Just two weeks before Maine’s gubernatorial primaries, neither party has a clear front-runner.

“It’s very difficult; there is no scientific information out there, at least that any candidates are sharing,” said Sandy Maisel, a professor of government at Colby College. “You assume a couple have to be polling. If it were showing something good, we’d be seeing it.”
Seven Republicans and four Democrats are running in the primaries.

Maine’s a small state and nobody does any real primary polling, noted Brian Duff, a political scientist at the University of New England.
“In a way, it’s kind of nice,” Duff said. “We can have a real democratic (in the small ‘d’ sense) contest.”

That can be disorienting, to an extent, said Duff. No matter how much people complain about polling, people do look for public opinion as a way to gauge a campaign.

Name recognition polls show Republican Les Otten head and shoulders above his competitors and Democrat Elizabeth Mitchell with a lead on her rivals.

According to a recently released Critical Insights poll, 30 percent of registered voters could name Otten as a candidate, with the next Republican being Peter Mills at 16 percent. Mitchell was at 16 percent, with the next Democrat being Steve Rowe at 11 percent.
Otten’s name recognition reflects the money he has spent over the last year on media spots, Duff suggested.

Mitchell, the state Senate president, likely gets a bump from the press releases she put out at the end of the legislative session, Maisel said.

And, he added, there’s likely some association between her last name and that of one of Maine’s most famous politicians, George Mitchell – even though there’s no relation.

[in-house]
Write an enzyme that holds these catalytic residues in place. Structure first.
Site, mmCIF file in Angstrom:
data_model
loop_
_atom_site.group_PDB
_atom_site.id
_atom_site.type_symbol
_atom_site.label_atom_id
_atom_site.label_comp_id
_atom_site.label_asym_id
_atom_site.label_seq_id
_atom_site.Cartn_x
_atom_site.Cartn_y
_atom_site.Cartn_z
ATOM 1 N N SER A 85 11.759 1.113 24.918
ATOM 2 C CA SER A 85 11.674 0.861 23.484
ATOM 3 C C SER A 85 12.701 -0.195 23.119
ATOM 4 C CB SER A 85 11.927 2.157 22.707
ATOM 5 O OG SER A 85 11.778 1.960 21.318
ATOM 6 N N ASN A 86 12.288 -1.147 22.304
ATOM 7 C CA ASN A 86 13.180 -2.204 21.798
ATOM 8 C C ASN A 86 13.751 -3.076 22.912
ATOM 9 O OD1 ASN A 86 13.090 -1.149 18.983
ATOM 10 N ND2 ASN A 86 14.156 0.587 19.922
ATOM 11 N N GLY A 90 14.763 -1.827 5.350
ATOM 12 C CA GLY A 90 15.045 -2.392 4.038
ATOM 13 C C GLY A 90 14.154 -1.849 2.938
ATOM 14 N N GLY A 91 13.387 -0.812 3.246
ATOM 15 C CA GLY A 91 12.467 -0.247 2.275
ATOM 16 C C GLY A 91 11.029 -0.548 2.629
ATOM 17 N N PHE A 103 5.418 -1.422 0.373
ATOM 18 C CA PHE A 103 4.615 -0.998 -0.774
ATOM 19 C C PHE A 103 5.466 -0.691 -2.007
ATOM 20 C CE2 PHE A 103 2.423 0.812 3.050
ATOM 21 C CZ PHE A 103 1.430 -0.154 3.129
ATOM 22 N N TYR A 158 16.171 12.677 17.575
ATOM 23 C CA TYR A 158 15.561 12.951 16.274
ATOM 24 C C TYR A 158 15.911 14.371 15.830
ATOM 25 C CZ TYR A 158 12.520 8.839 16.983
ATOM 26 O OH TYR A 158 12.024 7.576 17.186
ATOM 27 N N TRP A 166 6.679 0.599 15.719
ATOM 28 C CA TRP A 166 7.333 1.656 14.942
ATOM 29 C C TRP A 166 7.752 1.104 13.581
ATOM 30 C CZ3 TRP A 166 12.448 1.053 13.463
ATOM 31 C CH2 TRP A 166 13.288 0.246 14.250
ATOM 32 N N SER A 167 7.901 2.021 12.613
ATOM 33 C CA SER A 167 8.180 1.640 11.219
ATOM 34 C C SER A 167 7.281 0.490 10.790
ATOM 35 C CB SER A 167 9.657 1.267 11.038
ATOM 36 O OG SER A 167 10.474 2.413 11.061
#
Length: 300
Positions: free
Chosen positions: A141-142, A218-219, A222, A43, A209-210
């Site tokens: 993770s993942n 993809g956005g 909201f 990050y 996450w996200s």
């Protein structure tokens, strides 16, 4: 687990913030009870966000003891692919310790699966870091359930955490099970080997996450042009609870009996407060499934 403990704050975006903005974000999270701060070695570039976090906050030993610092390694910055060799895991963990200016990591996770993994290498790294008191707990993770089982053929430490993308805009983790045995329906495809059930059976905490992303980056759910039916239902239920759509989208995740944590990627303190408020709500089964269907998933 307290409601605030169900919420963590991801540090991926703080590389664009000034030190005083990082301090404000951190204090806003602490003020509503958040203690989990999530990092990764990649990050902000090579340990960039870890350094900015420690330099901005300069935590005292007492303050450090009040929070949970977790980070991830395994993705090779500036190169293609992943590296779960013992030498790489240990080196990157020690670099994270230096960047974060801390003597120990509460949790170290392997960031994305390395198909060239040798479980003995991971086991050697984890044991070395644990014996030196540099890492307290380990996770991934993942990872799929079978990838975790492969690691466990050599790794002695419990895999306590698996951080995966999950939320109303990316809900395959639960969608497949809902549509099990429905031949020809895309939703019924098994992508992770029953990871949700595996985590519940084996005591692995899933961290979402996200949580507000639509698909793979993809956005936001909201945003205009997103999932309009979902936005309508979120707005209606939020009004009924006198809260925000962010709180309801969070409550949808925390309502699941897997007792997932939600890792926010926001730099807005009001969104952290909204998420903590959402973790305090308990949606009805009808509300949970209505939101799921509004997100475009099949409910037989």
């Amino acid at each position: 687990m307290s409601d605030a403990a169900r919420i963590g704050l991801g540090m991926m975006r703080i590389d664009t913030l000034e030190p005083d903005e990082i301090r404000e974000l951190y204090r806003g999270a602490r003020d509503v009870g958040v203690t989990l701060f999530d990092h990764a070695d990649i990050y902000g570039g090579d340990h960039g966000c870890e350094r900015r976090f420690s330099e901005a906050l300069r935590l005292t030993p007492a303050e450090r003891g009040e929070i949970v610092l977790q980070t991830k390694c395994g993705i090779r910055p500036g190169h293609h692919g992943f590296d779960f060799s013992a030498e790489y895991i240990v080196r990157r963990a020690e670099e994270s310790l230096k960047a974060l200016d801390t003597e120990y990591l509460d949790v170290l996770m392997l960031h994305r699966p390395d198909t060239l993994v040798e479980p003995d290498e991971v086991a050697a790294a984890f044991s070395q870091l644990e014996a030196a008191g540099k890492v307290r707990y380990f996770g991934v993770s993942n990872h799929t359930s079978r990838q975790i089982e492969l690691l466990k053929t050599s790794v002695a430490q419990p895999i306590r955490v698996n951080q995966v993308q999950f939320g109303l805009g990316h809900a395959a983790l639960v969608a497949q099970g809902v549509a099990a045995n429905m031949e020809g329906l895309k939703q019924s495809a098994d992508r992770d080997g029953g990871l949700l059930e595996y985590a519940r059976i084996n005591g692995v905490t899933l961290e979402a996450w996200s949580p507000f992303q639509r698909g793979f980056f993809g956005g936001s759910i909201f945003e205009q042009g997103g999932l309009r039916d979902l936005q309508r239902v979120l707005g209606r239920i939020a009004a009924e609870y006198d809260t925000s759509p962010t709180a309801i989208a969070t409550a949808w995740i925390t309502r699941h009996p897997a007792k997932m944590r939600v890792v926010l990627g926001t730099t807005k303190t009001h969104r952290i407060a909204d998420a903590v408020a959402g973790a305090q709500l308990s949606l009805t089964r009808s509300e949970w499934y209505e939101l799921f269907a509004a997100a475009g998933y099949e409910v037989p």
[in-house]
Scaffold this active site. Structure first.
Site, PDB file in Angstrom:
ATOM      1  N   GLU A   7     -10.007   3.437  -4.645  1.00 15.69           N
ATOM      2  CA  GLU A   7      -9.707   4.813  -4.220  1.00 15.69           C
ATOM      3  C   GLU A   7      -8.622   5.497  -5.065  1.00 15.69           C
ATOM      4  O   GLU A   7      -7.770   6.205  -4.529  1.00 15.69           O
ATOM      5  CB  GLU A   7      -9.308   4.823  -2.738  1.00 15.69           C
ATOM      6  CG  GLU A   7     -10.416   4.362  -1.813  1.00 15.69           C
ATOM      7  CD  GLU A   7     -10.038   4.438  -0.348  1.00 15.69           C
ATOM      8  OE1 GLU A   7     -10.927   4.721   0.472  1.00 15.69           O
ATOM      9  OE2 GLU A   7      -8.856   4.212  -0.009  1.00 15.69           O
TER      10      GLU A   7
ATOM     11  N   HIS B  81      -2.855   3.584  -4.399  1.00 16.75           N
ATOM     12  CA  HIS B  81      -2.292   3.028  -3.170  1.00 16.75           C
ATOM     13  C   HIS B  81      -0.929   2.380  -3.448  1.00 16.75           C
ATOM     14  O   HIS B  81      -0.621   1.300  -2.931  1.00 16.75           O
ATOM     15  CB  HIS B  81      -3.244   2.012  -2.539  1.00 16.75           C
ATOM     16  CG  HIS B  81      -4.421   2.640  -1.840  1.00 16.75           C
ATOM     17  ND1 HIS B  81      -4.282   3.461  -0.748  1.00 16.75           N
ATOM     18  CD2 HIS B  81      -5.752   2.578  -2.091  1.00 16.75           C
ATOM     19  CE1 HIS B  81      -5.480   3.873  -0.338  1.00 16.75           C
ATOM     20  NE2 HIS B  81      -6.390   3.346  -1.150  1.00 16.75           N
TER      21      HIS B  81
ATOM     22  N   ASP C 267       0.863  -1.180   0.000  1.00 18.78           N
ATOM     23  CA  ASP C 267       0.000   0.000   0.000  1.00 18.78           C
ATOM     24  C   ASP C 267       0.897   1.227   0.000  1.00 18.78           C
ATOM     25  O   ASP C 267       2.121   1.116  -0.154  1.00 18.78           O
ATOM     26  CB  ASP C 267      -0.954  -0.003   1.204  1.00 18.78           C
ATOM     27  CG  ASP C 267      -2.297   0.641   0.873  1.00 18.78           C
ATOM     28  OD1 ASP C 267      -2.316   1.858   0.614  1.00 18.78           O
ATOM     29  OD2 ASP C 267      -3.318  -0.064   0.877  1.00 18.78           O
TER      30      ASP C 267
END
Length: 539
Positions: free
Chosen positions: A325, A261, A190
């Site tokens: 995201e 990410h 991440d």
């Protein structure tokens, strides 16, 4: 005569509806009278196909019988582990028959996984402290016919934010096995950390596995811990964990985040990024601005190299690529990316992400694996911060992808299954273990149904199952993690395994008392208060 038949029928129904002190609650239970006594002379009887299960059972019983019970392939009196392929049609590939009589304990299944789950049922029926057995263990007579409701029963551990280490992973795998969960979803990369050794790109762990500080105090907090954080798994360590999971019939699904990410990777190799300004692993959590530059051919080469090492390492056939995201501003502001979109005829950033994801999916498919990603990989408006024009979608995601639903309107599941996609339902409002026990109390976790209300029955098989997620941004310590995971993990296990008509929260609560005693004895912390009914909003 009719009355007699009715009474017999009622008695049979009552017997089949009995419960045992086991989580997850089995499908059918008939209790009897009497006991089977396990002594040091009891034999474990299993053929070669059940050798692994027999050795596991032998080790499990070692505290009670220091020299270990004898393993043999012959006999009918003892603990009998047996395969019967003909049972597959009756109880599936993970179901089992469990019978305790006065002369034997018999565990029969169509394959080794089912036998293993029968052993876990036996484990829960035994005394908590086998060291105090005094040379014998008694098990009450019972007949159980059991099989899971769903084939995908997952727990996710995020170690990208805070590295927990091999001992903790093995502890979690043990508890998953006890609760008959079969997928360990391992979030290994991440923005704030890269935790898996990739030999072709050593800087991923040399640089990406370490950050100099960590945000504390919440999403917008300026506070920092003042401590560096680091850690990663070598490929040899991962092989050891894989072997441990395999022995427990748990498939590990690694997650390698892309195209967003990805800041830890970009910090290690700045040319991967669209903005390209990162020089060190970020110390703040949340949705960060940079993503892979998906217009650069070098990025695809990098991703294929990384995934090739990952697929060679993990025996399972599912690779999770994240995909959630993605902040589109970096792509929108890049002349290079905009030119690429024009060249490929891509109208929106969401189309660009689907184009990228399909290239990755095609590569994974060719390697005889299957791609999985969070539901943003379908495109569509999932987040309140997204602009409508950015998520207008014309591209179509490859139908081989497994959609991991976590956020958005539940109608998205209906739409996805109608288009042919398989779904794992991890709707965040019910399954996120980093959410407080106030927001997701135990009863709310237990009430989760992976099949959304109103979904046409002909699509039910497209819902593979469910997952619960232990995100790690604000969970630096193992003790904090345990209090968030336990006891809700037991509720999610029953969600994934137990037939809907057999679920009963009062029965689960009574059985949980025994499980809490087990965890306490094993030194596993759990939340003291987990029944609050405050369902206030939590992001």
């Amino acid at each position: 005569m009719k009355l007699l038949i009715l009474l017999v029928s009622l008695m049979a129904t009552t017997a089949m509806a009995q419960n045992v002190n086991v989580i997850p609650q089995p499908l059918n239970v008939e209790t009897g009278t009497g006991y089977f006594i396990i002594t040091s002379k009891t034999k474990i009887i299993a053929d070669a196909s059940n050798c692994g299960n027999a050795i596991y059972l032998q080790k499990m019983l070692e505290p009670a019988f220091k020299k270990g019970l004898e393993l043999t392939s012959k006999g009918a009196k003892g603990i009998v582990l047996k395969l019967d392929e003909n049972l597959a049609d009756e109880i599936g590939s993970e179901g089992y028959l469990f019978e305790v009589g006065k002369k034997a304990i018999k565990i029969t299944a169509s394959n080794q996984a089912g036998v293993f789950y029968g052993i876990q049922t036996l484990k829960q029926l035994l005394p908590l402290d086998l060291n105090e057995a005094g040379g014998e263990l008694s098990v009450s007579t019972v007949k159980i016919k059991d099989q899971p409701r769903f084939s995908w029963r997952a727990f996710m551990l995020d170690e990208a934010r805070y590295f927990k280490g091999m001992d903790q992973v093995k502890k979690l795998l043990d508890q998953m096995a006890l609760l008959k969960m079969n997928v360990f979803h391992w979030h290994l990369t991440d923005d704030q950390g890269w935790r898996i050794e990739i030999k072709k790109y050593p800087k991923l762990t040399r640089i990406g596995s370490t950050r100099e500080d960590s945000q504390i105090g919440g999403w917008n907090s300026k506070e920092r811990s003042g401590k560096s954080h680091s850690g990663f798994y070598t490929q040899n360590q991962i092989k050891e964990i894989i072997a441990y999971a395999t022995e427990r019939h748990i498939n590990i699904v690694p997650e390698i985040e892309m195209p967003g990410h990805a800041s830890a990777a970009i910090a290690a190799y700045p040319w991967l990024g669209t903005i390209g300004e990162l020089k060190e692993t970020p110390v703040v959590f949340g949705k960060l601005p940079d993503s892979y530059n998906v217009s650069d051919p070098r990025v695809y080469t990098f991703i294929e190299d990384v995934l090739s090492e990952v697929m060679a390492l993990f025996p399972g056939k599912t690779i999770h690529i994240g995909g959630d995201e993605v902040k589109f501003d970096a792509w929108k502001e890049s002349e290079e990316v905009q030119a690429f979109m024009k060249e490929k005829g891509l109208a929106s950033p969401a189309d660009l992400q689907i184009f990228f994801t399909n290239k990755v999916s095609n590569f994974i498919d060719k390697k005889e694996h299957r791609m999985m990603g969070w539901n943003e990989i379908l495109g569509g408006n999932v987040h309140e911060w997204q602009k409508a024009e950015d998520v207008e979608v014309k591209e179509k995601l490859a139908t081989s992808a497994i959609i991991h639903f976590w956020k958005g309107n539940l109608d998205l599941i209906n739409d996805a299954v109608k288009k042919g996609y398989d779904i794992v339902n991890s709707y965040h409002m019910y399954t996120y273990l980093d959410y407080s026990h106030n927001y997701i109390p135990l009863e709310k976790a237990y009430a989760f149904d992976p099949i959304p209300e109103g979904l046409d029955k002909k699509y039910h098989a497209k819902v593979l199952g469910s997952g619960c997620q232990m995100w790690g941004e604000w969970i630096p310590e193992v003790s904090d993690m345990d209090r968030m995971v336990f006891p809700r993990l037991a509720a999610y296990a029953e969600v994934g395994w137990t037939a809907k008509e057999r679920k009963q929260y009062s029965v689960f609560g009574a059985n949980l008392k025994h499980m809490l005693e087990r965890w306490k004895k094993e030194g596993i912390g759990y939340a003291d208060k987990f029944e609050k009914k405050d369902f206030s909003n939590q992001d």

Most telling in the poll of 600 voters was that 42 percent couldn’t name any candidate, from either party.

The poll had a margin of error of 3.4 percentage points at the 90 percent confidence level. It was taken from April 28 to May 7, before the Republican and Democratic state conventions.

Mark Brewer, a political scientist at the University of Maine, said he thinks the lack of a front-runner is unusual.
“These candidates need to start ratcheting up their TV efforts,” said Brewer. “In this race, in this crowded field, I think name recognition is going to be crucial.”

One exception, said Brewer, is Republican Paul LePage. His support isn’t being generated by his media campaign as much as it is from “this grass-roots tea party stuff that’s going on with him,” said Brewer.

Mainers will likely be deluged with political ads over the next two week, said Brewer. There’s a danger for candidates that their message will get lost in the noise, he said. Quality ads with strong messages will rise above the static, he said.
All of the candidates have either run televised ads or plan to over the next few weeks.

And there has been an increase in direct mailings to supporters, or possible supporters, said Chris Jackson, a lobbyist with the Maine State Chamber of Commerce, who ran Republican nominee Chandler Woodcock’s campaign in 2006. But he would expect to see such things at this point, he added.

The behind-the-scenes action is what’s going to count at this stage, said Jackson. That boils down to the ground game, the get-out-the-vote strategy for the candidates.